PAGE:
And along the way, you know, so many grandmothers and mothers were persuaded to doubt their own kind of traditional knowledge that butter is a good wholesome food, and they got on the margarine bandwagon. So, we should have been listening to the mothers, and we shouldn't have undermined their confidence.

CONAN: Well, give us an example of a good culturally based eating tip that you've discovered in your search on your website.

Prof. POLLAN: Well, one is kind of the, you know, the meta rule, which is, don't eat anything your great grandmother wouldn't recognize as food. You know, imagine she's with you rolling down the aisles of the supermarket, and you pick up that box of Honey Nut Cheerios cereal straws or, you know, which is a straw-shaped - a tube made out of cereal that you're suppose to drink milk from. She wouldn't...

CONAN: Flavored straws, they were, when I was a kid. Yeah, but...

Prof. POLLAN: Right. Well, the flavored straws were just good old-fashioned plain sugar.

CONAN: Yeah.

Prof. POLLAN: This is much more complex. Or Go-Gurt, portable yogurt tubes. Would your great grandmother know what to do with that or how to administer to her body? I don't think so. So I've been - you know, there are a lot of those rules in "In Defense of Food," and readers and listeners have been feeding me more. I'll give you an example. The whiter the bread, the sooner you'll be dead. That's kind of a blunt one.

(Soundbite of laughter)

CONAN: That's, you know - did they come up with that? Is that the warning on a package of Wonder Bread these days?

(Soundbite of laughter)

Prof. POLLAN: Well, it might well be. But, in fact, we do know that one of the earmarks of the Western diet that is responsible for so much chronic disease is the refined white flour. This was a real novelty when it was introduced into the human diet, and it begins in England in the last years of the 19th century. And, you know, it delivers a jolt of glucose to the body that, you know, leads to these spikes of insulin and is one of the things responsible for the epidemic of type 2 diabetes.

So, you know, people understood that, that there was something about white bread that wasn't as wholesome as whole grain bread. And the scientists eventually caught up, and they understand now that whole grain breads have all sorts of beneficial effects that white bread doesn't. But the moms and the grand moms were there first.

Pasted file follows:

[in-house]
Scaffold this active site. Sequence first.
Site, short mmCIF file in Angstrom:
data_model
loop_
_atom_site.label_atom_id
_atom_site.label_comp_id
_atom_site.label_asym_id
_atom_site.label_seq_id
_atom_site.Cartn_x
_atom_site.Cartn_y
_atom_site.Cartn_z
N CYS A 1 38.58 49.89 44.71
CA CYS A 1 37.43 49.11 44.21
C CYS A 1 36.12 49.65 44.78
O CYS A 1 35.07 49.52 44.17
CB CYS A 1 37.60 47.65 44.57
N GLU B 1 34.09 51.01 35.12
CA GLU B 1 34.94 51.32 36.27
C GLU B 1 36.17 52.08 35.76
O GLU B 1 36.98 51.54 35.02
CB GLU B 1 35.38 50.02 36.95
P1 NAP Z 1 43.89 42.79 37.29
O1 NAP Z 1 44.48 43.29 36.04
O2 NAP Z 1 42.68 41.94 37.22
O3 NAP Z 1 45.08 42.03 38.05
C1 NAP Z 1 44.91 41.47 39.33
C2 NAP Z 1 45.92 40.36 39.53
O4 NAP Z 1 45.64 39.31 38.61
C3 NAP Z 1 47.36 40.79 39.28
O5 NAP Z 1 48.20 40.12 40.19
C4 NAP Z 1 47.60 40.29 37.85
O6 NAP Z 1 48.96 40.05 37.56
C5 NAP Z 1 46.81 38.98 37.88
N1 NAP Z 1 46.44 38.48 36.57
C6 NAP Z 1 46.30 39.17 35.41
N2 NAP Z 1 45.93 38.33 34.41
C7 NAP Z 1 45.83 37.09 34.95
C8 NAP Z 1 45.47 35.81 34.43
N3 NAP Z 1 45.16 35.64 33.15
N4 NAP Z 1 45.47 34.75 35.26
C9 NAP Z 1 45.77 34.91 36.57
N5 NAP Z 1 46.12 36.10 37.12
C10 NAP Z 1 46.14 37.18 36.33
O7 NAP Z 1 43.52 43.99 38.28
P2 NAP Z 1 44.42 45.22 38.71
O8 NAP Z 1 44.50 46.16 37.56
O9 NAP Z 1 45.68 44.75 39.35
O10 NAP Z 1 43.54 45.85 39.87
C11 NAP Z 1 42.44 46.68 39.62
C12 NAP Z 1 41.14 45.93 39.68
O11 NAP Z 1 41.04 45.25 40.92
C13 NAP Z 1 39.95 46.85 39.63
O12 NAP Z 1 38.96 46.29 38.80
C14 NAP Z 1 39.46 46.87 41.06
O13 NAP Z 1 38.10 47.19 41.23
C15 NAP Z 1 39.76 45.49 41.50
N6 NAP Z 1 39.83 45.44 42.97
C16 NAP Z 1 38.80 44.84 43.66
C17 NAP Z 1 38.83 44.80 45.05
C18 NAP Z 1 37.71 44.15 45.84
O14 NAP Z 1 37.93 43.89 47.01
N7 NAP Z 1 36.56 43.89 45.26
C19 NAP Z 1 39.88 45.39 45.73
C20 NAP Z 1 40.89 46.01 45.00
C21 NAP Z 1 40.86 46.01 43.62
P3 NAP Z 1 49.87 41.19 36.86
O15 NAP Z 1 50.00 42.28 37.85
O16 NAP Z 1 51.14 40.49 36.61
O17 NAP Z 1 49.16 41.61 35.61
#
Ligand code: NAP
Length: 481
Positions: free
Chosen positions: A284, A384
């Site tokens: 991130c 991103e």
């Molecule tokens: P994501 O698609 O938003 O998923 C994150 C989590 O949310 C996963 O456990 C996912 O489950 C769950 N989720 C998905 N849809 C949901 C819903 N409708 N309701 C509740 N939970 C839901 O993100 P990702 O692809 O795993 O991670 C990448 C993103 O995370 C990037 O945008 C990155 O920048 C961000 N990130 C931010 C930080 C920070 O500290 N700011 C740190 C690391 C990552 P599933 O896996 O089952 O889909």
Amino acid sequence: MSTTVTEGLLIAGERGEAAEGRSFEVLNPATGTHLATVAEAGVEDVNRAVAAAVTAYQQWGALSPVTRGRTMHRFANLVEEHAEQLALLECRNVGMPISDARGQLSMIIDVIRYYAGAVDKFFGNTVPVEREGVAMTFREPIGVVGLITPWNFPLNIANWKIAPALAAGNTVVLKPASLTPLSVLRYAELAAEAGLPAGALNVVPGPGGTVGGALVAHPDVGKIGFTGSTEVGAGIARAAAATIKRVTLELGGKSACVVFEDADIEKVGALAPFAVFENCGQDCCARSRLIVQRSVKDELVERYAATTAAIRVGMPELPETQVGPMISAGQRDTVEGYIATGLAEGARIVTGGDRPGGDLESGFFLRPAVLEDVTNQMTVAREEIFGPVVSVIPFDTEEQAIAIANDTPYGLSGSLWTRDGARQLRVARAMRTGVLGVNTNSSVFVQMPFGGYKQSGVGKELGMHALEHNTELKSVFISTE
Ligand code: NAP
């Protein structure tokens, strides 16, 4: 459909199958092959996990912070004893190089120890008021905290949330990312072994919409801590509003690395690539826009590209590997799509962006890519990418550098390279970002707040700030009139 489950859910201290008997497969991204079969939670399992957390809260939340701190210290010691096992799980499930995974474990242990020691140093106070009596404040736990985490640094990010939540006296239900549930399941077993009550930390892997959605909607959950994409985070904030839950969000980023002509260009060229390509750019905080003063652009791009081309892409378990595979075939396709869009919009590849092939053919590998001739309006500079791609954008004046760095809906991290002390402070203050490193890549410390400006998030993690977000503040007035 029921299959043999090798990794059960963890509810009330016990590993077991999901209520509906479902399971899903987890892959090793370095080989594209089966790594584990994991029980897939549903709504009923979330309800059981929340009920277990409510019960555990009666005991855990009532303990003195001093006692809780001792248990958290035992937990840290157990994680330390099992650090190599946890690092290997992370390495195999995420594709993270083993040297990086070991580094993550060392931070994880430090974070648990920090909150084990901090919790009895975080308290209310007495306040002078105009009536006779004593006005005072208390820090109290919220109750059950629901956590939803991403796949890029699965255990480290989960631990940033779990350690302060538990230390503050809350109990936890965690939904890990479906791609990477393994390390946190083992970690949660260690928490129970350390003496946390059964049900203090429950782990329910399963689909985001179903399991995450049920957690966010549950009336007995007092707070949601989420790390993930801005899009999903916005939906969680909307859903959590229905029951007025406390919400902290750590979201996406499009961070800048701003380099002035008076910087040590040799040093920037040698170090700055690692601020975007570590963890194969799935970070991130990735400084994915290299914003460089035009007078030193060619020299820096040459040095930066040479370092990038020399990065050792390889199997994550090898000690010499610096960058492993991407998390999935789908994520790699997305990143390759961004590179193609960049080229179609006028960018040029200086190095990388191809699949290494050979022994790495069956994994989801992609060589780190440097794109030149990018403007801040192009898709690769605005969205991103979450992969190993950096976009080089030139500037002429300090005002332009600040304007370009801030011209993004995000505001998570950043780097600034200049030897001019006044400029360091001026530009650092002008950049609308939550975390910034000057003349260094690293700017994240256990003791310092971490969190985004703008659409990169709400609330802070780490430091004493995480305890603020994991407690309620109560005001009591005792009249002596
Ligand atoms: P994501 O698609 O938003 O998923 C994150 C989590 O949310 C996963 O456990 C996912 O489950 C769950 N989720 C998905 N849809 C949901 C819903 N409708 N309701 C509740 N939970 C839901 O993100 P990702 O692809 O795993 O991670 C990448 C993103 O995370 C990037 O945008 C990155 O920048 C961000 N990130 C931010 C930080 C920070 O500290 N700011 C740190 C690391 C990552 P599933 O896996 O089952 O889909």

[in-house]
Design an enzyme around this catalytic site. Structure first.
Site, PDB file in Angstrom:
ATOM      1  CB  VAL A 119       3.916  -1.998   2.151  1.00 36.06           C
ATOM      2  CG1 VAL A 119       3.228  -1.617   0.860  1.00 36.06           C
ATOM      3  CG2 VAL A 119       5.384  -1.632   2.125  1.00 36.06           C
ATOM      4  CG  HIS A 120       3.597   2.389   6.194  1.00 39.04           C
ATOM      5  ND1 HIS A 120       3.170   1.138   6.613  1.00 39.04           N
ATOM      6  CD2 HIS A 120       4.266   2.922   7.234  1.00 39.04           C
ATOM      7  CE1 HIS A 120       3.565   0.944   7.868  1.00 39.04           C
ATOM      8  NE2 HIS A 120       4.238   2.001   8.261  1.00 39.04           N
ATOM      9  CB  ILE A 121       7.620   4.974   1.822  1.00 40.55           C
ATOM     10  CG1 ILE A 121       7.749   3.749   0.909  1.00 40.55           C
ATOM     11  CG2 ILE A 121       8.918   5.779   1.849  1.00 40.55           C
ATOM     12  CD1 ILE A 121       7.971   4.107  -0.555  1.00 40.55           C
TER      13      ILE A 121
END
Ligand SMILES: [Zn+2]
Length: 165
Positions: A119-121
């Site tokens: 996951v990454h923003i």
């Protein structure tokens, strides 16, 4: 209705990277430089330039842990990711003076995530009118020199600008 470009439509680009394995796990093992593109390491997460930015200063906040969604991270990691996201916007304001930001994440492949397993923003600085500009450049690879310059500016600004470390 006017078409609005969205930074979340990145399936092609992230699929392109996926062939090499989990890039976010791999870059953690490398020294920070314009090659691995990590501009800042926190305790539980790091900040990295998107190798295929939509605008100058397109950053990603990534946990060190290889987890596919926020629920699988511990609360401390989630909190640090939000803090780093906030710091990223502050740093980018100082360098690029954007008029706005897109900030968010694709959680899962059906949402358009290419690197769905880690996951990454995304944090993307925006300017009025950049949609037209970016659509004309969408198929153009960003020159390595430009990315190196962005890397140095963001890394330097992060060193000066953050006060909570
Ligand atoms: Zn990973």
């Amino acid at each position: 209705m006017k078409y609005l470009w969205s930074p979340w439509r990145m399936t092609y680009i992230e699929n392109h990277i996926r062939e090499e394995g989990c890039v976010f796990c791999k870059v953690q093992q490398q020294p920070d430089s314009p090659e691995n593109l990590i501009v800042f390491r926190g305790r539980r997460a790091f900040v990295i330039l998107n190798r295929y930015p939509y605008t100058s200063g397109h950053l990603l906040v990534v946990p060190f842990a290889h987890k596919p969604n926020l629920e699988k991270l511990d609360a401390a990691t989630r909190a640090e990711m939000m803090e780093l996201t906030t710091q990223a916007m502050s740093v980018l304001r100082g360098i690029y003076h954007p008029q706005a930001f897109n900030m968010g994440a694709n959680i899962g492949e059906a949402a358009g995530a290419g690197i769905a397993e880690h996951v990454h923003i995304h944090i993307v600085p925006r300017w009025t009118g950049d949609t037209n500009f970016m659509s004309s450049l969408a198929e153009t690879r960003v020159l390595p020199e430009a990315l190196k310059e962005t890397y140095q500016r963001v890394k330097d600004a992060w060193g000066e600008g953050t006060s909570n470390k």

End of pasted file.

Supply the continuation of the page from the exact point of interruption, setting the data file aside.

CONAN: If you think you know a culturally based rule for eating that we might all benefit from, give us a call, 800-989-8255. Email is talk@npr.org. Michael Pollan, would the five-second rule be a culturally based rule for eating?

Prof. POLLAN: What's the five-second rule?

CONAN: If you drop the cookie on the floor, you've got five seconds to pick it up.

Prof. POLLAN: Oh, yeah.

(Soundbite of laughter)

Prof. POLLAN: I'd say I think that's a pretty good one.

CONAN: Let's see if we can get some callers in on the conversation. Again, it's 800-989-8255. This is Sarah(ph), Sarah with us from Corvallis in Oregon.

SARAH (Caller): Hi there.

CONAN: Hi. Go ahead please.

SARAH: Thank you for taking my call. I love the show. The first hour was great.

CONAN: Oh, thank you.

SARAH: I grew up on a farm in Minnesota before the transition to fast foods and convenient foods, so I remember my mother and my grandmother in the late '40s, early '50s. They had certain rules about what to eat, and now that we're all poor, we're all thinking about eating leftovers, et cetera. And one of my mother's cardinal rules that she learned from my grandmother was that you never reheated a food more than once. If you had a leftover, and you reheated it, and it still did not get eaten, you should throw the remainder out. So what she would do was make sure that we only reheat it as much as we thought we would eat and kept the rest in the refrigerator...